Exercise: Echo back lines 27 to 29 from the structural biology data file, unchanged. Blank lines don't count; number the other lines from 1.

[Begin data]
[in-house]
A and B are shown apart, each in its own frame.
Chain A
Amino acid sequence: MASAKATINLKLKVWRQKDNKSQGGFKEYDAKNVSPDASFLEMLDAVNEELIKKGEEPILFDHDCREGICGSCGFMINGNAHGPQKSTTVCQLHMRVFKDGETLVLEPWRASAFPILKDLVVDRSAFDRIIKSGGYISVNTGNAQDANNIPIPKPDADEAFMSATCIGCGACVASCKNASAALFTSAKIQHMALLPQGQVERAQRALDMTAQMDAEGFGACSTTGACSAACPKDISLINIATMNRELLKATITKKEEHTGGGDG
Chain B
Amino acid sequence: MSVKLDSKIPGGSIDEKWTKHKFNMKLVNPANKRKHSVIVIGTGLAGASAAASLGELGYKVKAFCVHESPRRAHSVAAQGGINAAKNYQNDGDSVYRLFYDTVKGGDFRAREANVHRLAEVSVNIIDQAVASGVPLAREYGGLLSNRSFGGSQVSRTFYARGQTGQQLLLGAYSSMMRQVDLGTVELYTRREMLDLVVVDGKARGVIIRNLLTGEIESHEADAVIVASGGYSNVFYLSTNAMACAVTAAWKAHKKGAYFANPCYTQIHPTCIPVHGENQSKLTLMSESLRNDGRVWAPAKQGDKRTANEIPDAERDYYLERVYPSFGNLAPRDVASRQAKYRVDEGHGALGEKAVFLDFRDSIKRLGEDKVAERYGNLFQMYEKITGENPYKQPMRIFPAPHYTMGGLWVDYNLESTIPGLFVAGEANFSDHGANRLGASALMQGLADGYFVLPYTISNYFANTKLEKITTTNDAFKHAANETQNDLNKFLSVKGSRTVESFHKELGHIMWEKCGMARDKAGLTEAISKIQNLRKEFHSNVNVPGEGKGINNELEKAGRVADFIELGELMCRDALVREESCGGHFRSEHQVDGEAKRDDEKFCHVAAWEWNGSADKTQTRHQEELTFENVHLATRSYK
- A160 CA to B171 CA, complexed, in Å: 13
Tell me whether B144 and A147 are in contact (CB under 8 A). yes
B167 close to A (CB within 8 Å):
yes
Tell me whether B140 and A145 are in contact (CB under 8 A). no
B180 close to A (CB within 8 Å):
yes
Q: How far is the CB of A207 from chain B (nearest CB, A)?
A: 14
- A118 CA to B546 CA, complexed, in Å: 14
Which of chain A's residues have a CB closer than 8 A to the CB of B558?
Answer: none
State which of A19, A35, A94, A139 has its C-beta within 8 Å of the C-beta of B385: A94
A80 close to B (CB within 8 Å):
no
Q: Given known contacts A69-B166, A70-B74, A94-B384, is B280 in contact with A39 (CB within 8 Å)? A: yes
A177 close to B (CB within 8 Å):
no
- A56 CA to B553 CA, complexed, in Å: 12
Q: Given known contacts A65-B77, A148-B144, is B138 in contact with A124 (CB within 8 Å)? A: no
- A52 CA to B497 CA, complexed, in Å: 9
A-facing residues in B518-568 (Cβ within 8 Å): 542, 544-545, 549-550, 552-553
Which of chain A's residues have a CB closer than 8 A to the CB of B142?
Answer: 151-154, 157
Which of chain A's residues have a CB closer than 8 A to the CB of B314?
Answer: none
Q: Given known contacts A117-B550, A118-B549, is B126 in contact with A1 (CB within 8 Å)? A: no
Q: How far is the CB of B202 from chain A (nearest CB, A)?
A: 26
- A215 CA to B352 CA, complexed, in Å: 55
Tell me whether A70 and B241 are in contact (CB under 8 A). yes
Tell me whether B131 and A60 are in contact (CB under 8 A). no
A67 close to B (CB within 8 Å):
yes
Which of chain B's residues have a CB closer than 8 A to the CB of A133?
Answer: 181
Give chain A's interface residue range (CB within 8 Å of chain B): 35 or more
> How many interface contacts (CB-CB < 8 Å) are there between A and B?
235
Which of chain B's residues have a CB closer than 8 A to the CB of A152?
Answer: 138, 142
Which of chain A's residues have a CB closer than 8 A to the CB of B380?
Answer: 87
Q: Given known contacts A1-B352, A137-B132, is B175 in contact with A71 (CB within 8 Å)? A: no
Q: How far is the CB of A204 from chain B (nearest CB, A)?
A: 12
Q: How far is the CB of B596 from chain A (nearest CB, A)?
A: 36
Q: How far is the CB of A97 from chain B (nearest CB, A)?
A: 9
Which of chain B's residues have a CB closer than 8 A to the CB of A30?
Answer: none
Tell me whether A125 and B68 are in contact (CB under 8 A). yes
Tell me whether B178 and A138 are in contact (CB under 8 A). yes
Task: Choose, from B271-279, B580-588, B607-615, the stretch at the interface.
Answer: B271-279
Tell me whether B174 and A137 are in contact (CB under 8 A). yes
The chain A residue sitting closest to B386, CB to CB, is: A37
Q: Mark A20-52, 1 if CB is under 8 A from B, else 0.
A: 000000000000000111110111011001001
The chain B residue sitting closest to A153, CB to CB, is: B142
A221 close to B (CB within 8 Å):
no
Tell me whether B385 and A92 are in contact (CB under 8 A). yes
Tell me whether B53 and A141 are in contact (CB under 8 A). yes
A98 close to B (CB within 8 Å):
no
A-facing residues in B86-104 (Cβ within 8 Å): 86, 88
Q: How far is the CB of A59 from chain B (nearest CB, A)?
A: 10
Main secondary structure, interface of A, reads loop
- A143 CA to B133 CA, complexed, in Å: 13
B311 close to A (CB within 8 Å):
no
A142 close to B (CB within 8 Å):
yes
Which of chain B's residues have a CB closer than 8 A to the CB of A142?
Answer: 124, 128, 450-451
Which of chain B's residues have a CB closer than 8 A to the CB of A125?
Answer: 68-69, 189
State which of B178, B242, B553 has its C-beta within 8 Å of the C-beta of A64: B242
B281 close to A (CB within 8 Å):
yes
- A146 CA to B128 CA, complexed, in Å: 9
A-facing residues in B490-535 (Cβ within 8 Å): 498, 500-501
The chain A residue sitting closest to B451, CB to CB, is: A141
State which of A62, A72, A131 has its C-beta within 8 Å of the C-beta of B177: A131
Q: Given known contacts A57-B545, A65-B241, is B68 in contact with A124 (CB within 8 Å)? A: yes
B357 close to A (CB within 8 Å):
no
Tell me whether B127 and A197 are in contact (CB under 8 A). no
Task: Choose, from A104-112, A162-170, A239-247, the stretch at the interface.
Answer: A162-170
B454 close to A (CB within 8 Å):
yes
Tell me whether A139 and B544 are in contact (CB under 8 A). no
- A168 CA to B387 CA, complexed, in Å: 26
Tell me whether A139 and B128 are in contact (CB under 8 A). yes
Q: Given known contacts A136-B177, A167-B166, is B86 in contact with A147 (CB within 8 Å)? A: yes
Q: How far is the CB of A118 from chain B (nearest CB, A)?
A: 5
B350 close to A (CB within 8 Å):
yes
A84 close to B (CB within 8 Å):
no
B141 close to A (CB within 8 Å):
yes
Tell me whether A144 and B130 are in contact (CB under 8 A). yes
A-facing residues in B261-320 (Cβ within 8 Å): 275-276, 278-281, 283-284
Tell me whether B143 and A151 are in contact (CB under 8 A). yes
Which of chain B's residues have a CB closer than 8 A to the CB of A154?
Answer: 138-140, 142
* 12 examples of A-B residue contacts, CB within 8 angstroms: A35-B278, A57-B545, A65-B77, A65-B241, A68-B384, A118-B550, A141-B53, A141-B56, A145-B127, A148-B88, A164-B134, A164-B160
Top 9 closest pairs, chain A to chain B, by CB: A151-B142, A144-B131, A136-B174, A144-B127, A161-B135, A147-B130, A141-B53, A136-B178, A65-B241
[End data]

- A52 CA to B497 CA, complexed, in Å: 9
A-facing residues in B518-568 (Cβ within 8 Å): 542, 544-545, 549-550, 552-553
Which of chain A's residues have a CB closer than 8 A to the CB of B142?